May 2, 2022
Photo by Arthur Melville Pearson.

More Than a Map: The Legacy of Illinois’ First Public Land Surveys

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By Carla Rich Montez
On top of a flat surface rests a compass attached to a shiny brass bar with two bracket's on either side.
Surveyor’s compass in an exhibit in the National Museum of American History, Washington, DC, USA. Photo by Daderot, CC0, via Wikimedia Commons.

When a deputy surveyor named Daniel Miller drove a wooden stake in the ground on a summer day in 1821, he looked for a nearby landmark he could reference as a “witness” to the post. Seeing a hardy oak, he directed one of his crew to chop out a large chunk of the bark so the coordinates could be carved on the trunk—township, range and section. Then Miller took out his notebook and described the tree, its relative position, or bearing, to the survey post and the condition of the nearby landscape.

“…set a post at the corner from which a white oak 20 inches diameter bears…The land is rolling and second rate.”

This wasn’t the first tree that was blazed by a survey crew of the U.S. General Land Office. Nor would it be the last. Before the first official maps of Illinois would be complete in 1856, men like Daniel Miller would inscribe thousands of witness trees as they measured and mapped the state. Their work would help future settlers find their land claims. But it would do so much more.

Why Surveys Were Needed

 A sepia toned drawing depicting the historical surveying of Illinois. Two surveyors survey in a prairie with a large oak tree in the background.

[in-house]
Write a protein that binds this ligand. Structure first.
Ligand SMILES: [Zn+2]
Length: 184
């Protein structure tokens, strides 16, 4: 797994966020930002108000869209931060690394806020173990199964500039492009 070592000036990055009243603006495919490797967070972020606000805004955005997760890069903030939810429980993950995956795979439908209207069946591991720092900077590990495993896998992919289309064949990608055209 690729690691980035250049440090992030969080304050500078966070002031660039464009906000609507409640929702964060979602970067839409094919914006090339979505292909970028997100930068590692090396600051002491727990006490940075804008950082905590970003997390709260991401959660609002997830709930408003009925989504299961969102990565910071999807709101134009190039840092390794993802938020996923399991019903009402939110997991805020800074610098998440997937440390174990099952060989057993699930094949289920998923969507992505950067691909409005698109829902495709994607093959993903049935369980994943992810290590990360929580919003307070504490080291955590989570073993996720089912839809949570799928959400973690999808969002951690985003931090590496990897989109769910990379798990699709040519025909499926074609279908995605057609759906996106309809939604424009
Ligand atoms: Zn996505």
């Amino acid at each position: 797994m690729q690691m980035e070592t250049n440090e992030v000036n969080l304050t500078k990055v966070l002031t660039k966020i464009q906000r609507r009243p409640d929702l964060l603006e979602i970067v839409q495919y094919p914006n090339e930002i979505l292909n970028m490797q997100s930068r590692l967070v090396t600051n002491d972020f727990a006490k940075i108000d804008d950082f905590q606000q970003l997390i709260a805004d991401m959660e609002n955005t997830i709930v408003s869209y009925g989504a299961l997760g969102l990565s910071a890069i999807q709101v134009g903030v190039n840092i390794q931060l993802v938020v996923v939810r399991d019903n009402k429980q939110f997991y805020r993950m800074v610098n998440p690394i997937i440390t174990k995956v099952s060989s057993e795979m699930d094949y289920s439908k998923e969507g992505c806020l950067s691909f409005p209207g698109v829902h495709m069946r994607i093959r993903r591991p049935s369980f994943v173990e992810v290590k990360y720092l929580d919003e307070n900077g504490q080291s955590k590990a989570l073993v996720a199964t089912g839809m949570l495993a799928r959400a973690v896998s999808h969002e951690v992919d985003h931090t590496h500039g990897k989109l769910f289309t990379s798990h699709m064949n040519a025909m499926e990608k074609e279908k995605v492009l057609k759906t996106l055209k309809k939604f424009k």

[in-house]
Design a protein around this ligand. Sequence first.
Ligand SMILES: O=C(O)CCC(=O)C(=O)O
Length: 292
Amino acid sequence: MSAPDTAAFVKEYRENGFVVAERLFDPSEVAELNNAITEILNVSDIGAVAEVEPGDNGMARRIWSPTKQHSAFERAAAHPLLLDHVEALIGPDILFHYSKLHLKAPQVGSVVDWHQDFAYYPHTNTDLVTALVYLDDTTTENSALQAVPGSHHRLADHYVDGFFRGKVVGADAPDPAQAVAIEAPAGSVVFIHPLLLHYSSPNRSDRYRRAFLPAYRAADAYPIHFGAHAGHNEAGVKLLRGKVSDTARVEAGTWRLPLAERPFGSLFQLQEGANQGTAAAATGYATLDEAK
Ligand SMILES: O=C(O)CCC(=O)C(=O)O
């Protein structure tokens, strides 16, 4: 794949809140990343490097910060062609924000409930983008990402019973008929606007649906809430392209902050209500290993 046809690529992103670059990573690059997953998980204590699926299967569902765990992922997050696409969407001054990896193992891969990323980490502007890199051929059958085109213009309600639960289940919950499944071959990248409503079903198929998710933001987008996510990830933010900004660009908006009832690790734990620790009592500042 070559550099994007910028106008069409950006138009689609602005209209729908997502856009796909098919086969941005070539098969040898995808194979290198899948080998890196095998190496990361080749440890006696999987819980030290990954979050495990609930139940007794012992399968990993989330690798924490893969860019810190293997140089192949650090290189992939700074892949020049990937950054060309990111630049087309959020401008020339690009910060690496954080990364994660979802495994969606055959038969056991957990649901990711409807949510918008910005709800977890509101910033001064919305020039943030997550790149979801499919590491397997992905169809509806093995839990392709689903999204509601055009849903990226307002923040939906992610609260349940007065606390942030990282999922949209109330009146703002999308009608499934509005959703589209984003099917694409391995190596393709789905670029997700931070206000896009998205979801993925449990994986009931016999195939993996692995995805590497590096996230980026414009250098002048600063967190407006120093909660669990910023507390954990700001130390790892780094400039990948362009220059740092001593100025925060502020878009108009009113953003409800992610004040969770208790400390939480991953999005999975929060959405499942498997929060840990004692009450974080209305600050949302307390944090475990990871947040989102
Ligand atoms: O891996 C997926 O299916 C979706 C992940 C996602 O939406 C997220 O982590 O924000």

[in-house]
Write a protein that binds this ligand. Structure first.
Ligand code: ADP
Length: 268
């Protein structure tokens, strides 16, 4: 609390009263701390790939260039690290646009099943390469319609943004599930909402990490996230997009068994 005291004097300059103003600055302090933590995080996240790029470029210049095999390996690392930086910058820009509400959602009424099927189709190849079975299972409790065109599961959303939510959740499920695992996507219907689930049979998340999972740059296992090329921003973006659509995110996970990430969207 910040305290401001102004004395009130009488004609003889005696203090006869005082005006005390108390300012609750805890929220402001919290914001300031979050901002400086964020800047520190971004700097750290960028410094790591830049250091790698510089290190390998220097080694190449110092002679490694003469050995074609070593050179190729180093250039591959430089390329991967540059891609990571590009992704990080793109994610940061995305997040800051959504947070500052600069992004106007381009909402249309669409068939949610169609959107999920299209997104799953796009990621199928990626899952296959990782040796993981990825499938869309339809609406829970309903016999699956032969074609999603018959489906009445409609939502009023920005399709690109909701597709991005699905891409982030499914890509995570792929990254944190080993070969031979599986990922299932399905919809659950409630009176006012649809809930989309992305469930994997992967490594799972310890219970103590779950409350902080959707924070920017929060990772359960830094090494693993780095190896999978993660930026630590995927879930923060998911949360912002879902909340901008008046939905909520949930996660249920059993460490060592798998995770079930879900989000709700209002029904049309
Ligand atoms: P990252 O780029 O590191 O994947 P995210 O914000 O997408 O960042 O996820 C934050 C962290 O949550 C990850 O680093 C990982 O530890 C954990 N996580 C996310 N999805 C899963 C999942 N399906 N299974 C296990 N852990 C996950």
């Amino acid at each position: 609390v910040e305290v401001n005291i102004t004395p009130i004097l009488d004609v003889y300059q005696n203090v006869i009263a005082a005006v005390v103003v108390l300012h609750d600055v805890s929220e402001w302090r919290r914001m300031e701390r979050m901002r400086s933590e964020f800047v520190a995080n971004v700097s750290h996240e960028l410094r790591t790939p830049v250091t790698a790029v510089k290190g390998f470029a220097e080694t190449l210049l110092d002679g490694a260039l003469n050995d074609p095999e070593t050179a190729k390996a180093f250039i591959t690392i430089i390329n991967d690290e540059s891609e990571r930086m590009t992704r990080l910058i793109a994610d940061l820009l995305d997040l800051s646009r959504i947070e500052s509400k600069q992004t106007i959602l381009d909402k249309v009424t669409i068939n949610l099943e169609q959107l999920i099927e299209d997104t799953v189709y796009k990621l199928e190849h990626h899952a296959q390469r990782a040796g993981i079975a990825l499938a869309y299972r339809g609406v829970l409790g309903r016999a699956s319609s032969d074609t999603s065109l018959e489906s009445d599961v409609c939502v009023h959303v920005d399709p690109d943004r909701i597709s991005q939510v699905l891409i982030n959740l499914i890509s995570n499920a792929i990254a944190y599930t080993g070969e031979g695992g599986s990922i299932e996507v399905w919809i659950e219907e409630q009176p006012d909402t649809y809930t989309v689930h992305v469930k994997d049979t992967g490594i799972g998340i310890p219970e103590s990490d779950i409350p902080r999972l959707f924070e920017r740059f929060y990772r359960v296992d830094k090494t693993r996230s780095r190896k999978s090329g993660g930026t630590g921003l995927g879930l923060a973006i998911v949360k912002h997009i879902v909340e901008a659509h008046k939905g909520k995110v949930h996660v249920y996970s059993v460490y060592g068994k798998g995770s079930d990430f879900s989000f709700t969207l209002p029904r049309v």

Illustration by Sarah Marjanovic.

With the Revolutionary War concluded and territorial expansion well underway, it was essential that the new government develop a mechanism for generating revenue. A ready option was to sell land to settlers. However, this could only be accomplished if surveys were conducted, and maps were drawn. 

The first surveyors entered the Illinois Territory in 1804. Their task was to use a new rectangular grid system to measure and map one-mile-square sections and six-mile-square townships. At the corners and at half mile intervals, they designated natural features, typically sturdy and long-lived trees like oaks and hickories, that could be easily located in the future. Where the grasslands supported few trees, the surveyors constructed boundary markers out of prairie sod into which they drove a post for later authentication.

In their field notebooks, the surveyors made remarks about their surroundings including details about vegetation type, agricultural suitability and the presence of natural features like timber, grasslands, waterways and wetlands. Where the crews encountered Native American camps and trails, these were also noted. 

Thanks to these surveys, the founding fathers now had a uniform system for dividing and selling land, that is, a structure, backed by the government, that specified the boundaries on a parcel of land. Not only did the surveys allow the new administration to generate revenue through land sales, they opened the door to orderly westward development. 

But the land would soon change. Trees were removed for logging and homesteading; wetlands were drained; prairies succumbed to the plow. By the early 1900s, most of the lands of Illinois had been altered or destroyed. 

The Significance of the Surveyors’ Notes

A section of surveyor's notes in cursive hand writing on a piece of paper.
Miller field notes of Midewin Witness Tree. Photo courtesy of Joseph Wheeler.